It was the best day of the father’s life; he had to celebrate. Knowing that, his son refused to come to the party. “Everything I have is yours,” the father pleaded, but his son was not moved.
So ends Jesus’ greatest parable about the “Prodigal Son.” But there are actually two sons in the story, and it’s the “prodigal,” the wandering one, who finds his way home. His older brother was the responsible one, the sensible one, the one who stayed home and did his duty. Shockingly, it was the older brother, not the “prodigal,” who, at the end of the story, was outside the feast of salvation looking in.
Jesus was speaking to the religious insiders of his day. They were the serious, the responsible ones. They did their duty; they kept the religious traditions of the people intact. Jesus had aimed this parable at them.
How do you tell religious insiders that they’re lost?
Growing up, I was the eldest of three children. I was the responsible one. I became an Air Force officer, did my duty. But I was in my fifties, in seminary, when the meaning of this story became real to me. I’d always thought the lesson was, “Stay home, do your duty. Don’t be like the irresponsible younger brother.”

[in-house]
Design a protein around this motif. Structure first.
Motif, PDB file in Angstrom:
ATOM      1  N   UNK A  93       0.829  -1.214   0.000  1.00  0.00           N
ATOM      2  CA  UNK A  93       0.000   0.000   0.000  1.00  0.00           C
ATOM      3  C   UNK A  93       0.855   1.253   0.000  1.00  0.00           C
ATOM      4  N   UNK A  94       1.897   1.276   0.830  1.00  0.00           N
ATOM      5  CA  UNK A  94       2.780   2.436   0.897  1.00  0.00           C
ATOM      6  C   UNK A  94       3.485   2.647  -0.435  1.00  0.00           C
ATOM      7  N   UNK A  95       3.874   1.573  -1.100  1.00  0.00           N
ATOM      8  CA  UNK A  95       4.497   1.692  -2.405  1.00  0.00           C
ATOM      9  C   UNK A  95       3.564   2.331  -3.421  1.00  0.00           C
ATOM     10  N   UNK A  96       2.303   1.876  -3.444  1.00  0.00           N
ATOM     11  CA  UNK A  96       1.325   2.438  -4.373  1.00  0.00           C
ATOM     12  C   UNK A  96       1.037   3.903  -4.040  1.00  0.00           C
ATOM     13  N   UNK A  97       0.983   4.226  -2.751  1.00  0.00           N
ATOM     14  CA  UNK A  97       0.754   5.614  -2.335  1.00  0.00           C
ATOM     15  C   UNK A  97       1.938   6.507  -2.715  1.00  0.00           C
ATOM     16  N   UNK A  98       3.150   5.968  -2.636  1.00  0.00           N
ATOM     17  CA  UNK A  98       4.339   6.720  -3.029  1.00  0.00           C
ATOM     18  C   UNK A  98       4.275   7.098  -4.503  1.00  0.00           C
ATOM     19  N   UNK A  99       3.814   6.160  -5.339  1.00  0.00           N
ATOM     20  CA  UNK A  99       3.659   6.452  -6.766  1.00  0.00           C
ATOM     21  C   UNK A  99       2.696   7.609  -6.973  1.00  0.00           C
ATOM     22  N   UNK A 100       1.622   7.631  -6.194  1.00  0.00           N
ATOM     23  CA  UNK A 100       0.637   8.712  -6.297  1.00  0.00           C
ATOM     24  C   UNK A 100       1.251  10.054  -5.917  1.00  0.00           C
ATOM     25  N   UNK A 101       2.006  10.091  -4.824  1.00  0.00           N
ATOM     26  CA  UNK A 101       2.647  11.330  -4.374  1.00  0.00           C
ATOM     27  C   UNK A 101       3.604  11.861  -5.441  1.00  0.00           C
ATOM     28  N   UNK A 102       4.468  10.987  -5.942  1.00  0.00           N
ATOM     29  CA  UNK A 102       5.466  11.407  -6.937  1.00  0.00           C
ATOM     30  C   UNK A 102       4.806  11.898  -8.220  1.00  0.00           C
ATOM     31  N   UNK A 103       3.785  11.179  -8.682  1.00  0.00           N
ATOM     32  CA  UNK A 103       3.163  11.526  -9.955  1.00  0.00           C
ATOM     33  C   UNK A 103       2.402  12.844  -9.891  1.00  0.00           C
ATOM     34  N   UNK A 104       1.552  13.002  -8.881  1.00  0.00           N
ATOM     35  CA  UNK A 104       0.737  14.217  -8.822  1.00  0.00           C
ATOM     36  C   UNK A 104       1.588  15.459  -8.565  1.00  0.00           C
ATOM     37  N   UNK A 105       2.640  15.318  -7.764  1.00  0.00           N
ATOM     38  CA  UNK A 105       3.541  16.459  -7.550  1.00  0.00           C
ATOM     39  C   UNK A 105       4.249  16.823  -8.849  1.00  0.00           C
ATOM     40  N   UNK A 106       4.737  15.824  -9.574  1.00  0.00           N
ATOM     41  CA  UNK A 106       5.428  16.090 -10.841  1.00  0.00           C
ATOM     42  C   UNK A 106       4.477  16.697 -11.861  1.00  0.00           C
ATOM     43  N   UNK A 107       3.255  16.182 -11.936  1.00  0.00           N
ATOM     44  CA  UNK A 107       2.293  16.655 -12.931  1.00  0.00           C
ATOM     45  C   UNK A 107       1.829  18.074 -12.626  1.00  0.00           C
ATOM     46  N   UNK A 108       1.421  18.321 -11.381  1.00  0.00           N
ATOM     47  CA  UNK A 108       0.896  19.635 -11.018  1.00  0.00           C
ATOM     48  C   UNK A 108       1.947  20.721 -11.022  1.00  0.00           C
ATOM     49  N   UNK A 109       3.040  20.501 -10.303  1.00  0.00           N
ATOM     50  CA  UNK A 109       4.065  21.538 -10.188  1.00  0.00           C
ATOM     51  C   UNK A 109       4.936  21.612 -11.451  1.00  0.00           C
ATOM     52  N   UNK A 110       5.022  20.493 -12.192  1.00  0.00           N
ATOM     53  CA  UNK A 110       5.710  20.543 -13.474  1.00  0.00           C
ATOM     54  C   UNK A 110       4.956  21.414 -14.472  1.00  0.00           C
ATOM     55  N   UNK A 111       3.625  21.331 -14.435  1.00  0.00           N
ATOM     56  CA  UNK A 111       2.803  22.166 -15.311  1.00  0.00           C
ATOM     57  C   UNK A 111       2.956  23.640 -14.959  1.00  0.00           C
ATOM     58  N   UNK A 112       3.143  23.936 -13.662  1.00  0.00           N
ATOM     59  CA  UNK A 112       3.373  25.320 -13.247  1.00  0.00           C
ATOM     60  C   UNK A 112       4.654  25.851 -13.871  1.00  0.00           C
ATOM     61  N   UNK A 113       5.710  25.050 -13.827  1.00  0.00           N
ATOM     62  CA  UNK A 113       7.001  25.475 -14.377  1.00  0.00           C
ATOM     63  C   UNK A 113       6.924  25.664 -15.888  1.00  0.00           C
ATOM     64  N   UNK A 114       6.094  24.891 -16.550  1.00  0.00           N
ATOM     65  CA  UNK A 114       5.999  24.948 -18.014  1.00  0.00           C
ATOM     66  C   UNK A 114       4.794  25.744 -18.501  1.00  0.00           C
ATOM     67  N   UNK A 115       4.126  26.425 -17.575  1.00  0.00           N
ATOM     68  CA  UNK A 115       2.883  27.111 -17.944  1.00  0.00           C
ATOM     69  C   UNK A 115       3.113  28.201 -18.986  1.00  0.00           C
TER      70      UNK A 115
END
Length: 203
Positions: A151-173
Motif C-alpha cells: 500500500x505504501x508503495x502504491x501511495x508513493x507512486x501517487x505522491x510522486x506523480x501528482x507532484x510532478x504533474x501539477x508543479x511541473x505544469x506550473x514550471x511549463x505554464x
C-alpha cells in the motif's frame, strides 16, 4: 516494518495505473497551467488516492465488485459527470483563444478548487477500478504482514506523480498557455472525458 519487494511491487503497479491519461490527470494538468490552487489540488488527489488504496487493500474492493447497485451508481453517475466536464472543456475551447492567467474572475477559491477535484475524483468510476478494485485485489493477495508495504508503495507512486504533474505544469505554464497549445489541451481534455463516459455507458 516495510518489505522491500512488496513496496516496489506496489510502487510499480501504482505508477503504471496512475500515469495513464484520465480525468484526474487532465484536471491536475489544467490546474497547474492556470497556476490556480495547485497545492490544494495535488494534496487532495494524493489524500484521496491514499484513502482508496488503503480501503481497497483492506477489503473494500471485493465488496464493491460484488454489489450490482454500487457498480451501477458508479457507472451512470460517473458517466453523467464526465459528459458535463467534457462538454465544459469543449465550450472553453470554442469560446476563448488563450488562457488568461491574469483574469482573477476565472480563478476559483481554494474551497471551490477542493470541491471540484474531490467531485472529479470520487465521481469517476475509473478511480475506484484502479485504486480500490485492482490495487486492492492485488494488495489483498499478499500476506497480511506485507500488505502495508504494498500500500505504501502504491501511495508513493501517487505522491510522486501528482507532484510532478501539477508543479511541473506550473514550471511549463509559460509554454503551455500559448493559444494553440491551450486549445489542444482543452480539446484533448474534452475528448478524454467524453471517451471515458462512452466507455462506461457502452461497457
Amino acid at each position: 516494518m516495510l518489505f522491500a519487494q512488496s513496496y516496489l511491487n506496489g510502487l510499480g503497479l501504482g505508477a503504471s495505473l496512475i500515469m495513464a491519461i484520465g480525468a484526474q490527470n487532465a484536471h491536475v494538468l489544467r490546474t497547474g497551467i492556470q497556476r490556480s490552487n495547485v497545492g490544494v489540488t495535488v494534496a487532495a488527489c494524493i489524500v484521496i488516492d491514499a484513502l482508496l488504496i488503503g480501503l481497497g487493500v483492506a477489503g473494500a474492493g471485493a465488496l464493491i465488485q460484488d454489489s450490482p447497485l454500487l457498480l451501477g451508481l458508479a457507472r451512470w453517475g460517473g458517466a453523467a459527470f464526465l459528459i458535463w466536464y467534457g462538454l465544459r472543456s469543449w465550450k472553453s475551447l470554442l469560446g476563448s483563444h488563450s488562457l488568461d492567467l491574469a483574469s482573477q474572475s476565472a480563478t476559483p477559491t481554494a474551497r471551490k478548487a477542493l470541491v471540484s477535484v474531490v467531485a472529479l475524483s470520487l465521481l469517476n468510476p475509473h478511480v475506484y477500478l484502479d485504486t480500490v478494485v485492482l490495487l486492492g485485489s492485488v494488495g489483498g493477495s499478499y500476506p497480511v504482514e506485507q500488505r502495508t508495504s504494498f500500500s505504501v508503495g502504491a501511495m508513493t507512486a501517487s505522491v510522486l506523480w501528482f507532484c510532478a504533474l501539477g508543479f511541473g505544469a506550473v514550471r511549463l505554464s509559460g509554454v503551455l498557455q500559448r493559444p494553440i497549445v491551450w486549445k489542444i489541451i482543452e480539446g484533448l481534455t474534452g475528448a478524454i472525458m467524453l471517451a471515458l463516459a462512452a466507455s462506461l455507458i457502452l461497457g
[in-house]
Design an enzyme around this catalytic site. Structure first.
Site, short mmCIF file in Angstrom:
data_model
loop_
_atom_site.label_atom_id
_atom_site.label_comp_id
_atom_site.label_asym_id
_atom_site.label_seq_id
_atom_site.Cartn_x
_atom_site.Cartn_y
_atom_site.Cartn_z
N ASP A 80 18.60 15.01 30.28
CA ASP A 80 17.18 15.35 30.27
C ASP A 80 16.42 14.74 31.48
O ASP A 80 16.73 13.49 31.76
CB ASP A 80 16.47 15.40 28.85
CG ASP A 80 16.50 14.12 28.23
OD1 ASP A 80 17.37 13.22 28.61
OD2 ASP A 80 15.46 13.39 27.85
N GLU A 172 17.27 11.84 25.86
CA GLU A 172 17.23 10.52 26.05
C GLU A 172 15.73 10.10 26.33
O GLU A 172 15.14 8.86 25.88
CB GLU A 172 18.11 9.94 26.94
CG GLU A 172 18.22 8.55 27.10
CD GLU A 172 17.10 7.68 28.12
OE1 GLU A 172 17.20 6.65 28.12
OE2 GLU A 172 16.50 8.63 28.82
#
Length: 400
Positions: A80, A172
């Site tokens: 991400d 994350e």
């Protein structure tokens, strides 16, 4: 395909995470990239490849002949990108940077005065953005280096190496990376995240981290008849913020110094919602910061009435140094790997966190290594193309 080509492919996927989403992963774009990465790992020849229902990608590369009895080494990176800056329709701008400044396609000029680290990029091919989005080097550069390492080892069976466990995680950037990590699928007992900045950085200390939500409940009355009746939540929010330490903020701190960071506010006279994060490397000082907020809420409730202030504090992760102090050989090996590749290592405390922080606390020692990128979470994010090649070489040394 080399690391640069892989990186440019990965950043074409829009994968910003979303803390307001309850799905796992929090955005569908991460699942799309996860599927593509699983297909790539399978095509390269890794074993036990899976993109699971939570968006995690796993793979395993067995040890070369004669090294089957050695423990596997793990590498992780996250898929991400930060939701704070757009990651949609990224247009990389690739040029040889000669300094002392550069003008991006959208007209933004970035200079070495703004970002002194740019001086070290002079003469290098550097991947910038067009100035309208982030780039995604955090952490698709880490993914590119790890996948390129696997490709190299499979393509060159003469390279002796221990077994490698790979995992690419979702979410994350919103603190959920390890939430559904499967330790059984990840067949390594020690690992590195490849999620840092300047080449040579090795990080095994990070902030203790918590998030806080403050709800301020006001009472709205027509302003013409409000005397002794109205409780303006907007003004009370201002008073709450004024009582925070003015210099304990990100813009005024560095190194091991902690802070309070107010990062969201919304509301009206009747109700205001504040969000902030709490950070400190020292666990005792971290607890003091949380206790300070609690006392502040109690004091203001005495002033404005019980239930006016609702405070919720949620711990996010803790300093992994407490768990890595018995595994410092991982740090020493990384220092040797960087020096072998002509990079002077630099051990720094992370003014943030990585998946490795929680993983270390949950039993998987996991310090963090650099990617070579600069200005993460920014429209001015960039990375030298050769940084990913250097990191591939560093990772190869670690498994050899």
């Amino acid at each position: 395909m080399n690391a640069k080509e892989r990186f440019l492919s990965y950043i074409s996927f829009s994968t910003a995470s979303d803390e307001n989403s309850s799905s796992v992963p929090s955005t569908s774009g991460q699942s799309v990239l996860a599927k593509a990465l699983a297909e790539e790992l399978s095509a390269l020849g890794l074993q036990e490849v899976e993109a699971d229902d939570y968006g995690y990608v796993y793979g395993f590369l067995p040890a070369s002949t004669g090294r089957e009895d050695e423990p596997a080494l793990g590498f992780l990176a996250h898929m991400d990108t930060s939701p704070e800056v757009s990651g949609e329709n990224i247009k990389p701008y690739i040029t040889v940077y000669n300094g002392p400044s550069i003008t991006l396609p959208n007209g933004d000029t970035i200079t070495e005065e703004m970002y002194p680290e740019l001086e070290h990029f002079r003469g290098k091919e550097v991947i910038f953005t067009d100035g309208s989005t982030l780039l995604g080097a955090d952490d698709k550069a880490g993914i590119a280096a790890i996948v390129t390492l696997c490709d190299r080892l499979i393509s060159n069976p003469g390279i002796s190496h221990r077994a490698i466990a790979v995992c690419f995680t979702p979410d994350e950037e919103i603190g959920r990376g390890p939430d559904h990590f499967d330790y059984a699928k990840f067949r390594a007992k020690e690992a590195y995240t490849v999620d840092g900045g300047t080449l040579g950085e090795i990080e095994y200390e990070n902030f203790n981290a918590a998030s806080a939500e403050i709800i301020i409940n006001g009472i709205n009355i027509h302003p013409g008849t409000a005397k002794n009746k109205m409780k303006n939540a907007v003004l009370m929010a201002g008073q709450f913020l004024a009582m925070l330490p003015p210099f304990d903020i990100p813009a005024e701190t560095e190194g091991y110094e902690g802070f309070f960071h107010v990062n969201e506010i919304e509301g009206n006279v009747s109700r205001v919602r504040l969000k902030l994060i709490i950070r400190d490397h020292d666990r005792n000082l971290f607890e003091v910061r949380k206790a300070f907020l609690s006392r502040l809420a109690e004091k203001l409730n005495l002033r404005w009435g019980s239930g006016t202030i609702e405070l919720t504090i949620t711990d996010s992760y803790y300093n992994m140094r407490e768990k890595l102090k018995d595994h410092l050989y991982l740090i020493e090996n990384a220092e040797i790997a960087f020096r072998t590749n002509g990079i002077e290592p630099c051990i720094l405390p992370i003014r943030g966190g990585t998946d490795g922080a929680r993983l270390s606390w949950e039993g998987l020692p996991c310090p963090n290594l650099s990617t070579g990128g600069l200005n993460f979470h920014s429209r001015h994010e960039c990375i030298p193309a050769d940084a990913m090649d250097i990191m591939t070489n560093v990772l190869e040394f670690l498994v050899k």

I was completely wrong. That’s not the lesson at all.
Do you get it? If not, I don’t condemn you. It took me about 55 years.
If you’ve achieved your goals in life, but found that things don’t satisfy…
If you’ve failed at everything, and found yourself at the bottom…
Whether you’re an elder brother or a younger brother, this is what you most need to know: There is a father who comes to you, who longs to embrace you and meet you just where you are.
Do you get it? The Christian faith will make little sense until you do.
Base your worth on his love for you.
Come in to his party. It’s for you.